Dream of: 12 March 1998 "A Lie"

Driving a car along a narrow gravel road, I was searching for a house which I had heard was for sale and which I was thinking of buying. One other person was sitting in the front seat with me, helping me with my search, looking over the houses on both sides of the road. However it was difficult for me to concentrate on the houses, because the road was so rough and rocky. As if the disrepair of the road weren't enough, people had set some of their belongings out in the road, and I had to try to avoid hitting them. Suddenly I saw a vacuum sweeper sitting right in the middle of the road, and unable to stop quickly enough, I plowed right into it. I immediately stopped the car, and both my companion and I stepped out.

The man who owned the vacuum was standing by the side of the road. He immediately walked over to the vacuum, picked it up and examined it. The vacuum was obviously broken. The hose seemed to be broken at the juncture where it connected to the vacuum. The man looked at me accusingly, and I began thinking about whether I was liable for any damage. I quickly saw the problem — although the man should not have left his vacuum in the middle of the narrow little road, I would probably be held liable, since the man would claim I should have stopped. And that is exactly what he did — he turned to me and said the accident was my fault, and asked me if I had my liability insurance card with me. At first I thought I would have to show him my card; but then I suddenly changed my mind. I knew if I were held responsible for the accident, my insurance rates would increase. And since I didn't think the accident was really my fault, I didn't want to pay more for insurance. I was just about to tell the man I wasn't going to show him my insurance card, when for some reason he said he didn't want to see it anyway. I was unsure of his motives for not wanting to see the card, but I knew he still intended to hold me liable. I asked the man if he thought he was completely free of responsibility for the accident and he indicated he thought it was completely my fault.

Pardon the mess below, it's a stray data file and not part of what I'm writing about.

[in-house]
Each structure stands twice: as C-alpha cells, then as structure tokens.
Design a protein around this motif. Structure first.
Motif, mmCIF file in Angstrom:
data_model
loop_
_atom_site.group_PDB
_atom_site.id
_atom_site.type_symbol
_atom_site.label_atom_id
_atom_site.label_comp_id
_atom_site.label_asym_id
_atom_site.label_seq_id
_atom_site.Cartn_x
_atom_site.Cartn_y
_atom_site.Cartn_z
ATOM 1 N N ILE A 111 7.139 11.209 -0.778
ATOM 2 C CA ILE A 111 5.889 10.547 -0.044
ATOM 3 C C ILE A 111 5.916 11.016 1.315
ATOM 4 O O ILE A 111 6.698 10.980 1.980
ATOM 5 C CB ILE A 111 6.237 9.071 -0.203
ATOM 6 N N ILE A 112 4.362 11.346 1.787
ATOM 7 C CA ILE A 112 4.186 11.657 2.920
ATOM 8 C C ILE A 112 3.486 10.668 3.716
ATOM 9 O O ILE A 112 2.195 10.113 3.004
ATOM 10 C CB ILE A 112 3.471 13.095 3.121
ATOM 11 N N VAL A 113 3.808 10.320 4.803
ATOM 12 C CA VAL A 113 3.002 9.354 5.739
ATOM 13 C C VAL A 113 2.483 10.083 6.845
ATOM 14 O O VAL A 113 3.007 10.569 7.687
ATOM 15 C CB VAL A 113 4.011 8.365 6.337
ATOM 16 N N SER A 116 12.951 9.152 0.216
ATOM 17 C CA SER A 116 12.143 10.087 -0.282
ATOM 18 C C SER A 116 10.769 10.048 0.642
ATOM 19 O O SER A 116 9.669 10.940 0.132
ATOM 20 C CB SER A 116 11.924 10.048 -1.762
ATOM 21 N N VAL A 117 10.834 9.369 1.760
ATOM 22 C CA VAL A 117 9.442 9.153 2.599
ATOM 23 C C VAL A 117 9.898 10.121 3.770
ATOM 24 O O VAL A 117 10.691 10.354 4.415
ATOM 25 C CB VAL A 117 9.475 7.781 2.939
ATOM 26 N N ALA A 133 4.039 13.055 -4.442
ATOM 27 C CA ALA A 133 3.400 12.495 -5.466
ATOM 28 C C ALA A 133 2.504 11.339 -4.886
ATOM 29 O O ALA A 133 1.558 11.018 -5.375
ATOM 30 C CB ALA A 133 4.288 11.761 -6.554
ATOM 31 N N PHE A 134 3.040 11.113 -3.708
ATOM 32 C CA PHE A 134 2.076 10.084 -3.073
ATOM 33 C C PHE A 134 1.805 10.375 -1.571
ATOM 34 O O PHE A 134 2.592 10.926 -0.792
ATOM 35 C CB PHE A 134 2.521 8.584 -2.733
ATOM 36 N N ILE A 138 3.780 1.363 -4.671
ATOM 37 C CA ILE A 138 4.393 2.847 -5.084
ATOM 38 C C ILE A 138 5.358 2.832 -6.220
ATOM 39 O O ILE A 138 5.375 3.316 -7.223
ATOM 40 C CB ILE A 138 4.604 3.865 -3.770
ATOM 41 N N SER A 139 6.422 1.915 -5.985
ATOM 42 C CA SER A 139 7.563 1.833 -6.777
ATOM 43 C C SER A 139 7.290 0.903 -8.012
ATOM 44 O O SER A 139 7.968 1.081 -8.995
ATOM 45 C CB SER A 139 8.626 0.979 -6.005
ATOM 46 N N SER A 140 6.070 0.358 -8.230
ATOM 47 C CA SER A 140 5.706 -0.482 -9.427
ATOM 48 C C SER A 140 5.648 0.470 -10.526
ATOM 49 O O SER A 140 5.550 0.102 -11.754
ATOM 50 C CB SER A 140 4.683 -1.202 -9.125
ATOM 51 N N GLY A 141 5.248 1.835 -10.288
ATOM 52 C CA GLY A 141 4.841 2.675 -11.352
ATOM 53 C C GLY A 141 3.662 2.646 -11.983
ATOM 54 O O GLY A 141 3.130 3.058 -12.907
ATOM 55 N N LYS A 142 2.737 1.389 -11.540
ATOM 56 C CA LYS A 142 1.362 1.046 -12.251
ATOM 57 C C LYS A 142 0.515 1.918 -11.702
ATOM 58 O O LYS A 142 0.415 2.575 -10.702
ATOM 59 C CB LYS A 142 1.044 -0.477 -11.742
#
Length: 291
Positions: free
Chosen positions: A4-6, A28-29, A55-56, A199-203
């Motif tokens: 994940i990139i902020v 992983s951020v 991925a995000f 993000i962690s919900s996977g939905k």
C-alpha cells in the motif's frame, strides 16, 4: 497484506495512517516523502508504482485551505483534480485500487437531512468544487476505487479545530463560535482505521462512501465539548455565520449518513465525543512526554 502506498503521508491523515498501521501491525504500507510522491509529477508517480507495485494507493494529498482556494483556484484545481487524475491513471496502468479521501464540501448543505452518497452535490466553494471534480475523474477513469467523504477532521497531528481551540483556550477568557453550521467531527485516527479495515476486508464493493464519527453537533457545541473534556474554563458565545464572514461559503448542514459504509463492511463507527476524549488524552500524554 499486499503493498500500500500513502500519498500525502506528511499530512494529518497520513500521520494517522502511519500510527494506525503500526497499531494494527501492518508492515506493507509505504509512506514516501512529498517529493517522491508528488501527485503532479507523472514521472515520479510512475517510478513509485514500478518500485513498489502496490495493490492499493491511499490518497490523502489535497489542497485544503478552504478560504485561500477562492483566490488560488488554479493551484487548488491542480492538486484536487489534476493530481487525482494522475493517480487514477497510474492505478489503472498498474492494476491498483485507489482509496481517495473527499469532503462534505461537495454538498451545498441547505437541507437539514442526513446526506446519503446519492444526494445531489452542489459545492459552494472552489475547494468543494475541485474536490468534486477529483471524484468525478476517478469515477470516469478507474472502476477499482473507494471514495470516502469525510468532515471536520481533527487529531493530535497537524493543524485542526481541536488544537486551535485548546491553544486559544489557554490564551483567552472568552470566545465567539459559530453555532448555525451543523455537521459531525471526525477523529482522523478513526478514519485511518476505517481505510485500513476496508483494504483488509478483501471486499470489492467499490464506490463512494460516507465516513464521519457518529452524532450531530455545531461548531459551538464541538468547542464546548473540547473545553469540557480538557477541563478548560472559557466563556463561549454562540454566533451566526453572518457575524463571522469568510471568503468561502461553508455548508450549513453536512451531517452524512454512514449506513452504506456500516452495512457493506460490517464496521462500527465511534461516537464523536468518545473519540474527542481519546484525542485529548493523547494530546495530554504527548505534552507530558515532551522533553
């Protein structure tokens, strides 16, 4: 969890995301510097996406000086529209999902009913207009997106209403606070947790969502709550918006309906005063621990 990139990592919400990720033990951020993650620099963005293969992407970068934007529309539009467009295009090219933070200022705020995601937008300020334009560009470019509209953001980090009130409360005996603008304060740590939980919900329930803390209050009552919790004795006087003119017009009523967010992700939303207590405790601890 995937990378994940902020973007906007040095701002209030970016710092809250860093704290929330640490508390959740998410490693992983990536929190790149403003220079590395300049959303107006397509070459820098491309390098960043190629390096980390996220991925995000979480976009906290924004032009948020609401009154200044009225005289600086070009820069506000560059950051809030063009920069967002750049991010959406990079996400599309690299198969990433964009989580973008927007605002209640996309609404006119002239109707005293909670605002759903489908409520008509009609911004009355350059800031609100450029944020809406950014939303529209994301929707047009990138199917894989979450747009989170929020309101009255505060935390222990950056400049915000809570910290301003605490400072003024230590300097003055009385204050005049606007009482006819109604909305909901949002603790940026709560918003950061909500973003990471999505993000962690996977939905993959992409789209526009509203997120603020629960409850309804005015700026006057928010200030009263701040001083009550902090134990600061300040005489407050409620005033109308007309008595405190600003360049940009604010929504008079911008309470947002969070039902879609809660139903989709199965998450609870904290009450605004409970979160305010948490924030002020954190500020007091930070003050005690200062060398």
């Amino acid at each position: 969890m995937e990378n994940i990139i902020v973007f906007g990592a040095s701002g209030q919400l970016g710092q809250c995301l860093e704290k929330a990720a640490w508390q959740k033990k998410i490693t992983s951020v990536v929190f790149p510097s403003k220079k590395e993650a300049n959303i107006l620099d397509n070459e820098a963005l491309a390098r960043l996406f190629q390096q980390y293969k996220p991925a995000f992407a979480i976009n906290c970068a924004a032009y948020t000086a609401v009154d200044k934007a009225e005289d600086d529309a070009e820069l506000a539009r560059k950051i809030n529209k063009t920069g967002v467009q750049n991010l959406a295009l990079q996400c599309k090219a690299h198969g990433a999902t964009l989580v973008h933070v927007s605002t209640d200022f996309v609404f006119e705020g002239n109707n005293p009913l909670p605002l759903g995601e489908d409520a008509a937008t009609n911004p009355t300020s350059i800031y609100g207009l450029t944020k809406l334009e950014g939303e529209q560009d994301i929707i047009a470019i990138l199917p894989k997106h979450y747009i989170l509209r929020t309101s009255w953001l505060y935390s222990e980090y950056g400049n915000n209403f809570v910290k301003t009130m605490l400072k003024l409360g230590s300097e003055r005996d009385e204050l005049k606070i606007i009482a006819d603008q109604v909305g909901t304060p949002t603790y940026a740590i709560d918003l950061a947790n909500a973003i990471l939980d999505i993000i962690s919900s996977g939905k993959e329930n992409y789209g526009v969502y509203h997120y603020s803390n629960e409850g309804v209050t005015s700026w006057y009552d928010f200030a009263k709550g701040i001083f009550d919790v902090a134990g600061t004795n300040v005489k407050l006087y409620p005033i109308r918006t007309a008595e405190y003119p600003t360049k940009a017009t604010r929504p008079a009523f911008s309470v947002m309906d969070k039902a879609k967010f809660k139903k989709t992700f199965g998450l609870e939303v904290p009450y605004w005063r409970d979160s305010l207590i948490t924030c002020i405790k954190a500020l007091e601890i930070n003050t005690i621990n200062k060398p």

I realized if the accident were reported to my insurance company, the man would be paid because the amount wouldn't be worth fighting over. The insurance company certainly wouldn't want to have a trial. But I thought I had the right to go to trial if I wanted. And I thought I might just defend myself. My only problem was I didn't know how to explain why I didn't stop when I had seen the vacuum cleaner. Suddenly I thought I had an idea — I could say the man had abruptly shoved the vacuum cleaner out in front of my car. Of course this would be a lie, but if it were believed, the accident would be blamed completely on the man, in much the same sense as if a person suddenly ran in front of a car the driver wouldn't be held responsible. I didn't like the idea of lying, but if it were the only way I could win this case, I thought I would do it.

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